A major crisis may soon hit the Imo State-owned broadcasting corporation as the Imo Broadcasting Corporation, IBC, owe its workers between five and six months’ salaries.
The workers, many of who spoke with our reporter, complained over the non-payment of their salaries.
The workers said they might embark on an indefinite strike if their entitlements were not paid within a short time.
The situation made members of the Joint Action Committee of the three in-house workers unions in the corporation to demand the payment of their five to six months’ salaries from the Imo State Governor, Owelle Rochas Okorocha.
The workers also threatened to embark on industrial action if the government refused to consent to their demand.
Chairman of Joint Action Committee, Sam Eke, said the workers had been living in poverty as a result of the government’s refusal to fulfill its financial obligations to them.
Speaking after the JAC meeting with Nigeria Labour Congress, NLC, Eke said “We brought them (Labour) here to let them and government know about our situation here and our resolve to embark on strike. You can imagine that since January when they paid some of our workers 70 percent of their salaries, we have not received any other salary here.
“On top of that, we are forcefully subjected to work for 24 hours without any negotiation or authorization. You know what it is when a civil servant is putting additional hours on the official closing working hours. People sleep here and nobody cares about our predicament”.
Eke added that the workers discovered that the government was planning to further reduce the salaries of parastatatals to 50 percent and “we are saying no to it and we can’t take that because we are different. We are not the same with others because of the kind of services we render to the government. We generate money and 95 percent of our services is given to the government. They don’t even pay for the services and these are the time we would have used to generate money on our own if we are a bit independent. Again, the opposition is not allowed to use this medium. So they should pay us our salary”.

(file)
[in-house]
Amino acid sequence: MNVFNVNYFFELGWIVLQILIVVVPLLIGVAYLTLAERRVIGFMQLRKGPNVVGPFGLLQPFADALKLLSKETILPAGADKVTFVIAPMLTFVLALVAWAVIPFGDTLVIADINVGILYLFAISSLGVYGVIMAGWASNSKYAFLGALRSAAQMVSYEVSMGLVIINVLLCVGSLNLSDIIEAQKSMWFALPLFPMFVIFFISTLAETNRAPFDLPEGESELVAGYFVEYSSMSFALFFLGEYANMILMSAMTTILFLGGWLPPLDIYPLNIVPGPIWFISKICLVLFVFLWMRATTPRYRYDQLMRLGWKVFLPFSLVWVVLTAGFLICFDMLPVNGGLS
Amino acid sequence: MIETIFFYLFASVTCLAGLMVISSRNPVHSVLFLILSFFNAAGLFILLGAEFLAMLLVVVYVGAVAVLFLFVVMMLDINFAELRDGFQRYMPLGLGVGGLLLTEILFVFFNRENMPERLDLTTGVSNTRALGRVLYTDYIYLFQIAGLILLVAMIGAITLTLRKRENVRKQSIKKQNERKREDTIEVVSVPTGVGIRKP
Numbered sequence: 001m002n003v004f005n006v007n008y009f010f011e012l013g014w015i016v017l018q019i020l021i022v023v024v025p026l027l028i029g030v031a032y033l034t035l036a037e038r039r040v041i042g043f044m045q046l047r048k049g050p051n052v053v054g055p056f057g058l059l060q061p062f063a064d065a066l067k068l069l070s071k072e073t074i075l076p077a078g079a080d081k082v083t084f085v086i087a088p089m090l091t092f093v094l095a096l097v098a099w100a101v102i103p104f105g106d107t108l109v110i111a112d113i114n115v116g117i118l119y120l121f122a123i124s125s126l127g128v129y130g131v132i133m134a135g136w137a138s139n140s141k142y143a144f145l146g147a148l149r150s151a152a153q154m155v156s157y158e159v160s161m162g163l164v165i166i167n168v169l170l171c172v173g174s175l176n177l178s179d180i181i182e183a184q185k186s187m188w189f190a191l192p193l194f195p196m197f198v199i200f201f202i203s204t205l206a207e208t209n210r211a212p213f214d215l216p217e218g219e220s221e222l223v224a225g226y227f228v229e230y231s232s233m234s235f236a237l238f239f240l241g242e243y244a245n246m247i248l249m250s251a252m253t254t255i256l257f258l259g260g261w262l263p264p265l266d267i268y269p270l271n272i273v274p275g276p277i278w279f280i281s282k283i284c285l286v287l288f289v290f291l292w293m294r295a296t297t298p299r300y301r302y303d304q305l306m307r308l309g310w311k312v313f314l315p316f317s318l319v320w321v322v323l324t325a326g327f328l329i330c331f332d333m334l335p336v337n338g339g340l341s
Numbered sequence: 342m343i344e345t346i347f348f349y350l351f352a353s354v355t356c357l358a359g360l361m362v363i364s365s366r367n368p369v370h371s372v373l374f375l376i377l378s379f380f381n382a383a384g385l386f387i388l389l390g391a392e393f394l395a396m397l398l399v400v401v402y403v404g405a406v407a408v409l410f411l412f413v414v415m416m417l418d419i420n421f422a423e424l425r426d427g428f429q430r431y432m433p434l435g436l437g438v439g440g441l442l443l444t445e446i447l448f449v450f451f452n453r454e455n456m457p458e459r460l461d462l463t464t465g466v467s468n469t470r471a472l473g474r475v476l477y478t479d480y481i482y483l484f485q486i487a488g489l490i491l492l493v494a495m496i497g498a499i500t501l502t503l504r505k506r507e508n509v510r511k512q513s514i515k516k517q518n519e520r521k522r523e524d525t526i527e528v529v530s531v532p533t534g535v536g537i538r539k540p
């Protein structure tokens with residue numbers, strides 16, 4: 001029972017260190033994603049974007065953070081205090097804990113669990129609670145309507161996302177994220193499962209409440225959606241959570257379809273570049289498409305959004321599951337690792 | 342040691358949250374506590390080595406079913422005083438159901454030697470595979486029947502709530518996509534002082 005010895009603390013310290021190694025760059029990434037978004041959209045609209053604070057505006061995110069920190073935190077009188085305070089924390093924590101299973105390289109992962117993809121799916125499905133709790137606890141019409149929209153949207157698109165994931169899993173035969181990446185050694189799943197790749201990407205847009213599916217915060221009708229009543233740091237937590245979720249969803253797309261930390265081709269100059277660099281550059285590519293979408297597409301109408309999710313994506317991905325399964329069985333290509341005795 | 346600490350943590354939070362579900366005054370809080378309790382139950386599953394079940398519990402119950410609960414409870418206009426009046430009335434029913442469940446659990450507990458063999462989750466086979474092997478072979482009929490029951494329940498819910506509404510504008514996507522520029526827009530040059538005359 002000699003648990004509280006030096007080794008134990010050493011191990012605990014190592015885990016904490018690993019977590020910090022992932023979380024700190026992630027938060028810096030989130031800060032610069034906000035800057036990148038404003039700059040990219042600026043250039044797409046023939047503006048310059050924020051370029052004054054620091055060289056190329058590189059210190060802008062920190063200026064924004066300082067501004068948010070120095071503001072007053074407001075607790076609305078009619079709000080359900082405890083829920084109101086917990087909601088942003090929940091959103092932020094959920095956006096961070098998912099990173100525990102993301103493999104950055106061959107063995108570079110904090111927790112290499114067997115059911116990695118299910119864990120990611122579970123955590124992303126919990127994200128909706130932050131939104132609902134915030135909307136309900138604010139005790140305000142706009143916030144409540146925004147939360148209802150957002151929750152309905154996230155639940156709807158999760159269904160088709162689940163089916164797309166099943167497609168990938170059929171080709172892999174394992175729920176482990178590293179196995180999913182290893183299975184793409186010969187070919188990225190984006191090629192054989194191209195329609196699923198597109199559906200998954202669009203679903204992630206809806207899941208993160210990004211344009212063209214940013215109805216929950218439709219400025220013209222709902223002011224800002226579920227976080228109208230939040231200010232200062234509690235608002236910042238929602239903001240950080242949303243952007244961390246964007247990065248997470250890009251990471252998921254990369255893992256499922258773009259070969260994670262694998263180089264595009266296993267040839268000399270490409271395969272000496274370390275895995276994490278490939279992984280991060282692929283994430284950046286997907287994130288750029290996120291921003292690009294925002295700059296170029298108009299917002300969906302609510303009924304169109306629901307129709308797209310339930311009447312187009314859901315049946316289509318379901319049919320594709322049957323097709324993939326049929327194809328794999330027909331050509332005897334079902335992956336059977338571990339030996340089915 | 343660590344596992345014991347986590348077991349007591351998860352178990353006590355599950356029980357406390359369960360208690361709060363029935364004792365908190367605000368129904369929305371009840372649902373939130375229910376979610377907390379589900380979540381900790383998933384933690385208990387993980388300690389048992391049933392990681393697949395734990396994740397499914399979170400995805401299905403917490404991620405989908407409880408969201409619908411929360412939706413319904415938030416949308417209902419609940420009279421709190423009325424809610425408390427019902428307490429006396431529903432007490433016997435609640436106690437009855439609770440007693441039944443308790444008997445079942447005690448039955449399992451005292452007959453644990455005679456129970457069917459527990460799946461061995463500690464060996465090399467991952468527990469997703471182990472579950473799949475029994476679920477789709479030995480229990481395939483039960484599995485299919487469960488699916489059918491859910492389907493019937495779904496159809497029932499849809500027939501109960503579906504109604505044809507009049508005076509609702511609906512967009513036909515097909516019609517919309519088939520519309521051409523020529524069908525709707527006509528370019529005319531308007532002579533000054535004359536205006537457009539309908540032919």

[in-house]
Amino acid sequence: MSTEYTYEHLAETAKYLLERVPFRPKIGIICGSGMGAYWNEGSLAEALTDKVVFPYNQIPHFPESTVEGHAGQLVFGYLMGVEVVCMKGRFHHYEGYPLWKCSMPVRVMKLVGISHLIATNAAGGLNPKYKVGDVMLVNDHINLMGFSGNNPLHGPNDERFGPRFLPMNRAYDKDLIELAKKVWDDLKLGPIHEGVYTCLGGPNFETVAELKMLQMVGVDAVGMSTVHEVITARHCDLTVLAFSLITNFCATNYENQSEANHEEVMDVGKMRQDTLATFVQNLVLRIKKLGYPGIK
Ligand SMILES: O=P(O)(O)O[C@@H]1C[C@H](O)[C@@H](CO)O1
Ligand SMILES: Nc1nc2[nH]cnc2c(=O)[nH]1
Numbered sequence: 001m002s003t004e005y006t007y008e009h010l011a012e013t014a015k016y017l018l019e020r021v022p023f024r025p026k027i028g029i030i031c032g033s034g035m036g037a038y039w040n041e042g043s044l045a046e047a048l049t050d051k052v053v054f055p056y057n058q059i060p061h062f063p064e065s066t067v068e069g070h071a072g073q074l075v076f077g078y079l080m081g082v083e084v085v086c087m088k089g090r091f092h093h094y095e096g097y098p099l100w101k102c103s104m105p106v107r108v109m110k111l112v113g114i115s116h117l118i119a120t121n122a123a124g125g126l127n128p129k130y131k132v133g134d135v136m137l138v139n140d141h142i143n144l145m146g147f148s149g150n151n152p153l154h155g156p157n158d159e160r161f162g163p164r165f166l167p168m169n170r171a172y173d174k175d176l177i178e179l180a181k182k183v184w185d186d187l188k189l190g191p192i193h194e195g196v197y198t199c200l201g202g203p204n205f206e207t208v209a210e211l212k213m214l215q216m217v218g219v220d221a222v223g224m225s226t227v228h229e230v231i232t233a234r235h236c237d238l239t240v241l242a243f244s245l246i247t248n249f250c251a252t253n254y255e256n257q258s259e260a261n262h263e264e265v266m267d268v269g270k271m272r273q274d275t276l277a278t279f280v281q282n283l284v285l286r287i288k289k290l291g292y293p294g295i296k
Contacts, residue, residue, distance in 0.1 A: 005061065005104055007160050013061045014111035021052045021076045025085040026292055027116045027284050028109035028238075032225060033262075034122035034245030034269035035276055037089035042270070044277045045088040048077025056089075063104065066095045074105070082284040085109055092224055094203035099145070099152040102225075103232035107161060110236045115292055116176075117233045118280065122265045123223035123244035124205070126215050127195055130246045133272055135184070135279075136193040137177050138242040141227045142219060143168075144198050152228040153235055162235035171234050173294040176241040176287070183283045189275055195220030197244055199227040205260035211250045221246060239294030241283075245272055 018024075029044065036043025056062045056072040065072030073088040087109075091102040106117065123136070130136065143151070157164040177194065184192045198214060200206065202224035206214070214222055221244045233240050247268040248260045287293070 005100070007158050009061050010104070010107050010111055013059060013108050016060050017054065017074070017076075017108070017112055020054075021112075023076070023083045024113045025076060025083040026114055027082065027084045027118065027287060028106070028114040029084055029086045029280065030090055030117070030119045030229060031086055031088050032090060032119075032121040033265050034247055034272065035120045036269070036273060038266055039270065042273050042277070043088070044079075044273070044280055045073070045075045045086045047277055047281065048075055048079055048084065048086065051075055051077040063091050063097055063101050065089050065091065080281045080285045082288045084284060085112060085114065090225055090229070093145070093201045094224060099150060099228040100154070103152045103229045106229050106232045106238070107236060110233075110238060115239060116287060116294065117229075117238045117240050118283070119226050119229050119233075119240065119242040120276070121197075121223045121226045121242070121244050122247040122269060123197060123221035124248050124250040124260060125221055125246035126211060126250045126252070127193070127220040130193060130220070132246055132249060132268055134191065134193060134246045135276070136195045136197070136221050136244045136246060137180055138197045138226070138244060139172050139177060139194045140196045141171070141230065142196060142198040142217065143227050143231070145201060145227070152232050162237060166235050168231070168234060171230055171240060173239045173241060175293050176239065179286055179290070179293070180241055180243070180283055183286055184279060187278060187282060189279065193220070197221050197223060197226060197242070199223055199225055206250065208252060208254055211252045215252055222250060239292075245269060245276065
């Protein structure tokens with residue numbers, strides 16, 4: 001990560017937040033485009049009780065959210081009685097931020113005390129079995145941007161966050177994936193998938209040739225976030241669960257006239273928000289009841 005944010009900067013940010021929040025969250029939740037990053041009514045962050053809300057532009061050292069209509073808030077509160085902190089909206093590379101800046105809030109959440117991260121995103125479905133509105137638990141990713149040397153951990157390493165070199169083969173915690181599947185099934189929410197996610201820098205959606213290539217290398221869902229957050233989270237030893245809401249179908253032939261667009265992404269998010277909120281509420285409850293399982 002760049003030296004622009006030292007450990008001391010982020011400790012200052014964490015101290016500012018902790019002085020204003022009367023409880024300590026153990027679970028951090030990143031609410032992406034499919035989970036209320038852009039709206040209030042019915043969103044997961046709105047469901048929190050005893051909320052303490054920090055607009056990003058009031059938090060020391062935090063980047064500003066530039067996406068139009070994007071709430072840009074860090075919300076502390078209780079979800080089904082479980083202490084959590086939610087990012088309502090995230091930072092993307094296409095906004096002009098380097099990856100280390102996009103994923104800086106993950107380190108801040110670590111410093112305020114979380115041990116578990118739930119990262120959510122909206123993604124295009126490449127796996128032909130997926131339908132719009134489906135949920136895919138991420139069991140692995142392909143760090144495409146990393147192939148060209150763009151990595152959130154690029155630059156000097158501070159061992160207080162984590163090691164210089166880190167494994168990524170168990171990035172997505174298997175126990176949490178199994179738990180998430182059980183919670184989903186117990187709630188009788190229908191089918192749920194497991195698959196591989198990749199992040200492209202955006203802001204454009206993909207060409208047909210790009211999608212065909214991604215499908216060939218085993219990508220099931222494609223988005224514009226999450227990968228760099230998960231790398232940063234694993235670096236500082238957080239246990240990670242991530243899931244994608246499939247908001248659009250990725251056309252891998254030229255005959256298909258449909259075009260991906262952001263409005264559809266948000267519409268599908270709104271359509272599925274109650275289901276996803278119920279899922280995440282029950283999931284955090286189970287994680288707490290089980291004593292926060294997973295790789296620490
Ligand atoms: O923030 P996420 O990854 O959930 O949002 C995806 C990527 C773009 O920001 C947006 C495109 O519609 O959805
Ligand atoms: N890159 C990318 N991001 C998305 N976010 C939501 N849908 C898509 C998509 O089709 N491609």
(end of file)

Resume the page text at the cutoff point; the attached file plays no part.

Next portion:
He insisted that the workers would embark on indefinite strikeWe brought them here to inform them that “if they don’t pay us from now till Friday, and there won’t be skeletal service. We are talking about people with family, whose children are in various schools and in need of many things”.
The JAC chairman however expressed happiness that the workers were happy that the organized labour had told the management of IBC to make a memo to Hon. Ikenna Eme government committee on payment of salaries in that regard.
The State chairman of the NLC, Comrade Austin Chilakpu while reacting to the outcome of the meeting said they came to the corporation to intercede on the proposed strike by the workers of the Imo Broadcasting Corporation (IBC) and pleaded with them not to go on strike “because if they do, it will affect the entire state”.
He hailed the workers for comporting themselves well by not first embarking on industrial action, saying “They are in order in their demands because they are rendering essential services to the state and government. IBC is now working 24 hours and this requires additional responsibilities. It’s not good that after doing this job with additional responsibilities you’re still owing them salaries. We are going to meet government to listen to them and stop them from going on industrial action
“Their main issue is that their subvention which has been reduced to 50 percent is not enough to make the place function optimally. The management is facing a daunting task of running the place without public power supply but on generating set with diesel. You know how expensive diesel is these days. If they were running generator 12 hours before, now it’s 24 hours. The money they spend has more than doubled. The issue of their salary is a one-point agenda we have today and between now and the nearest future they will be paid their salaries”.
He promised to follow the demands of the workers up and present their problem to the government.